Recent actions regarding education funding in Washington State:
During the 2017 legislative session, Washington state lawmakers worked overtime to try and hit their 2018 deadline to fully implement a McCleary education funding solution. In the final days of June, they released an education plan and budget intended to meet the McCleary order and purge their contempt of court order. In November 2017, the Washington State Supreme Court concluded that the state remains out of compliance and, in contempt of court, for failing to fully fund basic education for over one million public school students in our state.
Regarding class size reduction, the Supreme Court decided that the State has fulfilled its responsibility for implementing K-3 class size reductions. The law now requires the Superintendent of Public Instruction, Chris Reykdal, to form a work group to make recommendations for the possible phase in of additional staff and lower class sizes in grades 4 through 12.
Our students are still sitting in some of the most crowded classrooms in the country. We know that parents care deeply about the need to lower class sizes and provide more individual instruction to all students. Class Size Counts is committed to shining a bright light on the work of this new work group to ensure it is a transparent and public process. Help us by staying connected, following us on Facebook and Twitter, and join our requests to help us ensure this work is taken seriously and represents your views.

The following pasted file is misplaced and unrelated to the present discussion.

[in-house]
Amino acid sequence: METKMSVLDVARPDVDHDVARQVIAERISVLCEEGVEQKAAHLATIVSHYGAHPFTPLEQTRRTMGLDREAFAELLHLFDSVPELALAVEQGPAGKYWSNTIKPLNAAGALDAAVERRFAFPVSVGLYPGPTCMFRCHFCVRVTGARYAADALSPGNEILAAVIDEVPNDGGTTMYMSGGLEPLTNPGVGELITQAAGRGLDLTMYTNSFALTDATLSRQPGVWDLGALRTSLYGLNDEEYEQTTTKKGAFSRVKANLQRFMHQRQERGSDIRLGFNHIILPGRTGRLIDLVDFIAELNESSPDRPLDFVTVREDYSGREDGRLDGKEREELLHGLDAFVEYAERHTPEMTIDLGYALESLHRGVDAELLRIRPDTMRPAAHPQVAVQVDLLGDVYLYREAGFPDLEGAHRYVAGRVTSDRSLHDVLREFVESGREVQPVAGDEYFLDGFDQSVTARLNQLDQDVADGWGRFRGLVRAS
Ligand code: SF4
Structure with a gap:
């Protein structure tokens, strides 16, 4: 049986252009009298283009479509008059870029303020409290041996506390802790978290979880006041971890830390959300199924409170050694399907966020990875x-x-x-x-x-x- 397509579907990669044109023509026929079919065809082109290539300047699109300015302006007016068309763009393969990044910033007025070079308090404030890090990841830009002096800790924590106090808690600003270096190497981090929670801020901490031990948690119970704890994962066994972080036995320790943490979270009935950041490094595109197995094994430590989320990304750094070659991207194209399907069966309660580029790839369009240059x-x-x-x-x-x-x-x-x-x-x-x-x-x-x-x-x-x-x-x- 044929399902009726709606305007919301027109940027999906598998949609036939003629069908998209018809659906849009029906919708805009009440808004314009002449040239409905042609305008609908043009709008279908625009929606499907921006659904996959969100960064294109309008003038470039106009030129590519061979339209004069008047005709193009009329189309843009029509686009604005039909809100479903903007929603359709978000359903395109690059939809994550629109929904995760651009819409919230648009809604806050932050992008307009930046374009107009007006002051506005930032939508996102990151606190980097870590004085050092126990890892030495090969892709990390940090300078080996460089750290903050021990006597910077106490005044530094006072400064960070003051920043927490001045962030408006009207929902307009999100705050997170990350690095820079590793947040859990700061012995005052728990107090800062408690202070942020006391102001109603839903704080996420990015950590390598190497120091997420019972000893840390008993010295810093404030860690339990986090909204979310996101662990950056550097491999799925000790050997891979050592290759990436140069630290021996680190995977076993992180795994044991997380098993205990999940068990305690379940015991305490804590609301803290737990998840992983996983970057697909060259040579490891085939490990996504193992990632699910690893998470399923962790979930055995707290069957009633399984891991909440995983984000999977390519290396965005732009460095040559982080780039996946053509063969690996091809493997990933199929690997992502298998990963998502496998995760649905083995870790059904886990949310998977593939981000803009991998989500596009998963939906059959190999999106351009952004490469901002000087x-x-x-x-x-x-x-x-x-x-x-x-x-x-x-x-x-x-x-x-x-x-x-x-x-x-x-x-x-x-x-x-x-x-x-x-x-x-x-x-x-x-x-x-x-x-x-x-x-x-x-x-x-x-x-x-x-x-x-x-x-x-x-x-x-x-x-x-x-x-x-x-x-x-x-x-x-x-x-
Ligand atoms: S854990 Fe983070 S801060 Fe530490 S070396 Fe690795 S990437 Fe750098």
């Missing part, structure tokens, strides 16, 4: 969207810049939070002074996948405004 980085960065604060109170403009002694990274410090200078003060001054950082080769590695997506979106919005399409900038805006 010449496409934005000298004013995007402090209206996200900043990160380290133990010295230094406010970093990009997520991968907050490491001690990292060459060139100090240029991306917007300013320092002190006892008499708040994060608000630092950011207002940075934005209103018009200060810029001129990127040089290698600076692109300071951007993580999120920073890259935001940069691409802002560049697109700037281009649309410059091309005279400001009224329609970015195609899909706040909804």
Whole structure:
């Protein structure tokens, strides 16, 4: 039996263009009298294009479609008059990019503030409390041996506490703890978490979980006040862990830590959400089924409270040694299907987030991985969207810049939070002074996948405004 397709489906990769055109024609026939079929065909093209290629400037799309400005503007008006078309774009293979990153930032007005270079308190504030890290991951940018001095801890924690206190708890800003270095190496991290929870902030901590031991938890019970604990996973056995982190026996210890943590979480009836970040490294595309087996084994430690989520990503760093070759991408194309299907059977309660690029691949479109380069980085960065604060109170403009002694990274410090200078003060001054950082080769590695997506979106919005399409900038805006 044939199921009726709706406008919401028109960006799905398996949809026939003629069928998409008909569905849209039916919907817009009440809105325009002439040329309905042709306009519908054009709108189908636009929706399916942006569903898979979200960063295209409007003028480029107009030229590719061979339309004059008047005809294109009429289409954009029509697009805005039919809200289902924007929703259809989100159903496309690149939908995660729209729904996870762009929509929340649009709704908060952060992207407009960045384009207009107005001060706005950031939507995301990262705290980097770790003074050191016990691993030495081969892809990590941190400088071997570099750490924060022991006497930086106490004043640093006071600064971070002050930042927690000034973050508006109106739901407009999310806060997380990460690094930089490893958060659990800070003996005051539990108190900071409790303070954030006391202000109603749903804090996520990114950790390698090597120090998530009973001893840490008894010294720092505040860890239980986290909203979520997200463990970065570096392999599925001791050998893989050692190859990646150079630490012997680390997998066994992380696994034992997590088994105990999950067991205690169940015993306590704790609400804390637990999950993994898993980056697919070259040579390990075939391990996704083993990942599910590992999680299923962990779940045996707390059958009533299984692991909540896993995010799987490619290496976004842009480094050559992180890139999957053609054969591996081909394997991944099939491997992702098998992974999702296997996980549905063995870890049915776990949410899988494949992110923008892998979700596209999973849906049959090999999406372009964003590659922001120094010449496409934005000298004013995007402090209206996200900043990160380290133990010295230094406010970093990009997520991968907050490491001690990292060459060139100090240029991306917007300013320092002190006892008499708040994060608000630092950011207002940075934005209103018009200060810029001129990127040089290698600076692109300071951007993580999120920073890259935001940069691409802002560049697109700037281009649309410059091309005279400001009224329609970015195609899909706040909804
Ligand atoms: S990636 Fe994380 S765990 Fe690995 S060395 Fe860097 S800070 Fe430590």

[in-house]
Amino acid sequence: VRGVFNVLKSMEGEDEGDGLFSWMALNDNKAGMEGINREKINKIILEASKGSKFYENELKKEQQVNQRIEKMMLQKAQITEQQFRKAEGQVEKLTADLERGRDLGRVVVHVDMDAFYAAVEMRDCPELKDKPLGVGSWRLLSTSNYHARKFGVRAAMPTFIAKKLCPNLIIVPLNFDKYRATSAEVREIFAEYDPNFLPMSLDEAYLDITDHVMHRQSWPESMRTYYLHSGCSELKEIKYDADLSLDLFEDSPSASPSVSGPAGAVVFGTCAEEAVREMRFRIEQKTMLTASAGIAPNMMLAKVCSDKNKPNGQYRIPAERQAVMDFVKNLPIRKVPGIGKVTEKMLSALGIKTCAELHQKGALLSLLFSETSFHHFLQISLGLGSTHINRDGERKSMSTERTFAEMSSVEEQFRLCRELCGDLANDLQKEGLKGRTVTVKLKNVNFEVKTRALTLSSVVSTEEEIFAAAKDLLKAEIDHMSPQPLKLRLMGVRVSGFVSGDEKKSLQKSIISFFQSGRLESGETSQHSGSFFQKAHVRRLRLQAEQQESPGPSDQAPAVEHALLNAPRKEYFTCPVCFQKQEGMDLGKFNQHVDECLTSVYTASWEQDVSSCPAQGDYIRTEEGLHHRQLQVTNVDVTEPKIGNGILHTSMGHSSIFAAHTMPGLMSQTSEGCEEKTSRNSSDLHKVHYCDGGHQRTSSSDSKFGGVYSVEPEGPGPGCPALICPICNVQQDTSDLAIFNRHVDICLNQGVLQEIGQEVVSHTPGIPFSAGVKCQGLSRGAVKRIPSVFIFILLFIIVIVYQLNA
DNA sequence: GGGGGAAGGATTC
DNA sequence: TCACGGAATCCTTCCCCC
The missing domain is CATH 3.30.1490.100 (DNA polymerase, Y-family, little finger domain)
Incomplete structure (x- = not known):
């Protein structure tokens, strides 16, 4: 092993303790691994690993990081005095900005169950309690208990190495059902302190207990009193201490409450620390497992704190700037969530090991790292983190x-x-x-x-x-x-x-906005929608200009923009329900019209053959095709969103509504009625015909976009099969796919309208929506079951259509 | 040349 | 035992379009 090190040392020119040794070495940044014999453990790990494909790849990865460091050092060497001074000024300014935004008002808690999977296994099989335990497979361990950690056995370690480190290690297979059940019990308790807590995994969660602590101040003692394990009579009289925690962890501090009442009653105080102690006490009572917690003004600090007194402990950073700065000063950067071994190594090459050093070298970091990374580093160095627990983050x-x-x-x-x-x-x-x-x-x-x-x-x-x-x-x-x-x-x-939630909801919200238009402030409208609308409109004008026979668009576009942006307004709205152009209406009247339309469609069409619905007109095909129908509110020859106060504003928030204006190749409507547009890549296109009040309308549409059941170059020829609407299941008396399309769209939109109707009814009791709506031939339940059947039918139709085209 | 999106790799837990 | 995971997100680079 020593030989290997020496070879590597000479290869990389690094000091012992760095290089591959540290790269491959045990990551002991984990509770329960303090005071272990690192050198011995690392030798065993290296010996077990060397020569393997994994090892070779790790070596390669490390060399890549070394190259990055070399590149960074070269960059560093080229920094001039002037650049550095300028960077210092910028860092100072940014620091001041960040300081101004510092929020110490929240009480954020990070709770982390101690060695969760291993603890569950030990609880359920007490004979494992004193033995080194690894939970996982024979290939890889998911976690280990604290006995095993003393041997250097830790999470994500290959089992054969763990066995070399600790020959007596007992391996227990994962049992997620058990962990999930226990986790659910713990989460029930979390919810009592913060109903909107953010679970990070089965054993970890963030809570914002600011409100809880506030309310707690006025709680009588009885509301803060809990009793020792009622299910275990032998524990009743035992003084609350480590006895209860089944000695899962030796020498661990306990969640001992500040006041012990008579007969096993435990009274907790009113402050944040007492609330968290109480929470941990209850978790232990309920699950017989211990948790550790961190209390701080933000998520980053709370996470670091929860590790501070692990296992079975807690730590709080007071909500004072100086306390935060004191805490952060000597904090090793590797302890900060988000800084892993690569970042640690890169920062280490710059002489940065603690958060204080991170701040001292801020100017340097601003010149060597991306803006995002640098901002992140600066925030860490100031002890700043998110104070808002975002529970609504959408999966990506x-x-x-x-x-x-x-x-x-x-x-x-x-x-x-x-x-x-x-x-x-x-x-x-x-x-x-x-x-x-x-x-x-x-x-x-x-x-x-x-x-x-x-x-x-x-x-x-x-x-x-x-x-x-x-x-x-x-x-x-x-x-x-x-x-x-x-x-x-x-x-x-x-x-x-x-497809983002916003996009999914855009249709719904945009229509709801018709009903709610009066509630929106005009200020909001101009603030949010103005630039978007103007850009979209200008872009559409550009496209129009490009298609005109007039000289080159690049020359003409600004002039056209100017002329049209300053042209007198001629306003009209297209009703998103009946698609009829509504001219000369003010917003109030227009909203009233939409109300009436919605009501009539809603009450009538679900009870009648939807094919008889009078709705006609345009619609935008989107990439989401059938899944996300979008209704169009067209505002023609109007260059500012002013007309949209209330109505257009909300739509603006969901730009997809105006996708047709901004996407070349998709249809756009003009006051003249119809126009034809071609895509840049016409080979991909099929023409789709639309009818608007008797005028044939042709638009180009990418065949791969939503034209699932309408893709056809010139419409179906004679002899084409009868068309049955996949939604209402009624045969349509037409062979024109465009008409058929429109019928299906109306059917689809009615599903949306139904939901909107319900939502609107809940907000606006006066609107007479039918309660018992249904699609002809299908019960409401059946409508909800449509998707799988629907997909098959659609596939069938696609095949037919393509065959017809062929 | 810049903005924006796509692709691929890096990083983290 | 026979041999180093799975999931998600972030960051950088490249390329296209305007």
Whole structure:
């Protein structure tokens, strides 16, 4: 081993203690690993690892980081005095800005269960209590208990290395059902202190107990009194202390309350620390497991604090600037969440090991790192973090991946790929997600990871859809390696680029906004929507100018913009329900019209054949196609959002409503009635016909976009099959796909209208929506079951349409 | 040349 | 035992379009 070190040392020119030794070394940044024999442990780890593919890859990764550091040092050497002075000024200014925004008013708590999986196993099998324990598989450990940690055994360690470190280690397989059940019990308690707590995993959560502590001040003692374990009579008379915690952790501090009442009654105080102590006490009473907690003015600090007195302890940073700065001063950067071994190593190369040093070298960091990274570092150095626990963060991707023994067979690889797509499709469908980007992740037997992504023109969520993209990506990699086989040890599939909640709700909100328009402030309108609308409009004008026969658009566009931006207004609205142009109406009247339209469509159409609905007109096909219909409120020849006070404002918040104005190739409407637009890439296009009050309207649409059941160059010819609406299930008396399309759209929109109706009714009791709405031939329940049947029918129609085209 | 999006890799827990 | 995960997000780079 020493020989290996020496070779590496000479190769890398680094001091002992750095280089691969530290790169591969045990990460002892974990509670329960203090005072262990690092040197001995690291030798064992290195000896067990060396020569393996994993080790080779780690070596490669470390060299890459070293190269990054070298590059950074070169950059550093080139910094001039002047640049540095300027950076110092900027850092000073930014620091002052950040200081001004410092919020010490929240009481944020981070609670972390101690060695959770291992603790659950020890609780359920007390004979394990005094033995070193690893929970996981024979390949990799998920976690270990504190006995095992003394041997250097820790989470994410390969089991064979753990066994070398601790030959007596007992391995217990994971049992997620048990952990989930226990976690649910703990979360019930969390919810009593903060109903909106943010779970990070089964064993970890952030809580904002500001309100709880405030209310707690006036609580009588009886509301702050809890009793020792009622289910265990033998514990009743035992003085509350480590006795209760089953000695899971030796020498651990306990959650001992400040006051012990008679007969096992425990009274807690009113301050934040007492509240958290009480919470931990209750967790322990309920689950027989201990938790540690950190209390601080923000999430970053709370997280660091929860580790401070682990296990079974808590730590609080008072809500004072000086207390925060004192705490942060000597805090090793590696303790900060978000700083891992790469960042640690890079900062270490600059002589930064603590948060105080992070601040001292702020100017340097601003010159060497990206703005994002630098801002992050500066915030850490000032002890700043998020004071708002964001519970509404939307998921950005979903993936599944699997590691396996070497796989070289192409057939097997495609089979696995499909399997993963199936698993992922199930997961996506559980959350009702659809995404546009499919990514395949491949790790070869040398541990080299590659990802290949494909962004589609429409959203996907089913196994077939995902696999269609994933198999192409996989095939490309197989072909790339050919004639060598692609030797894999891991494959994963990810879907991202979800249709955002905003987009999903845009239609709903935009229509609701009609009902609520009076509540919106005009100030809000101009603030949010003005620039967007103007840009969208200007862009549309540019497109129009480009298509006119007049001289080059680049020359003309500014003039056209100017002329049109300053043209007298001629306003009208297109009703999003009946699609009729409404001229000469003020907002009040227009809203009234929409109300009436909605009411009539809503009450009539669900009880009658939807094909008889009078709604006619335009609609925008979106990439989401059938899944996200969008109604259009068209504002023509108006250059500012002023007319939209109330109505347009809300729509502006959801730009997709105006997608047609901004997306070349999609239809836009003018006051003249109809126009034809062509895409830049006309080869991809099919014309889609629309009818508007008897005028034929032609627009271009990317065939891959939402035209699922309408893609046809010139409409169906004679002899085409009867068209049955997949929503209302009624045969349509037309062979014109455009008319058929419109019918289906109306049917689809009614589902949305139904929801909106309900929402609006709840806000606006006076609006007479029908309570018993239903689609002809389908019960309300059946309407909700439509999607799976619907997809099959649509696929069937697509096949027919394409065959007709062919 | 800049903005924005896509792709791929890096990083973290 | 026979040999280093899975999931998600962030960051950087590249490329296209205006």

Even if the Supreme Court didn’t rule that class sizes in grades 4 – 12 are required as part of the McCleary lawsuit – we believe all students deserve lower class sizes and access to school nurses, counselors, and other school staff.
History of the McCleary Case:
The McCleary v State is the groundbreaking court decision that found our state is not meeting its obligations to our students.
The McCleary v State case was filed in 2007 in King County Superior Court, where a judge ruled in favor of the plaintiffs in 2010. In January 2012, the Washington State Supreme Court affirmed the lower court’s decision and ruled unanimously that the State of Washington is violating its constitutional “paramount duty” to amply fund education for all k-12 students. The McCleary decision, as it has become to be known, directed the state to fully fund K-12 public schools as required by Article IX of the Washington State Constitution, “It is the paramount duty of the state to make ample provision for the education of all children residing within its borders, without distinction or preference on account of race, color, caste, or sex.” The Supreme Court retained jurisdiction of the case and demanded annual progress reports to ensure compliance.
On Sept. 11, 2014, the Supreme Court found the Legislature in contempt of court. When the state failed again to meet the Court’s order to provide an implementation plan, the Supreme Court imposed a fine of $100,000 per day on August 13, 2015. When we last checked in September 2017, the state’s contempt of court fines exceeded $75 million.
Links to all McCleary court decisions and reports and more information can be found here:
Supreme Court Documents
McCleary FAQs from the Network for Excellence in Washington Schools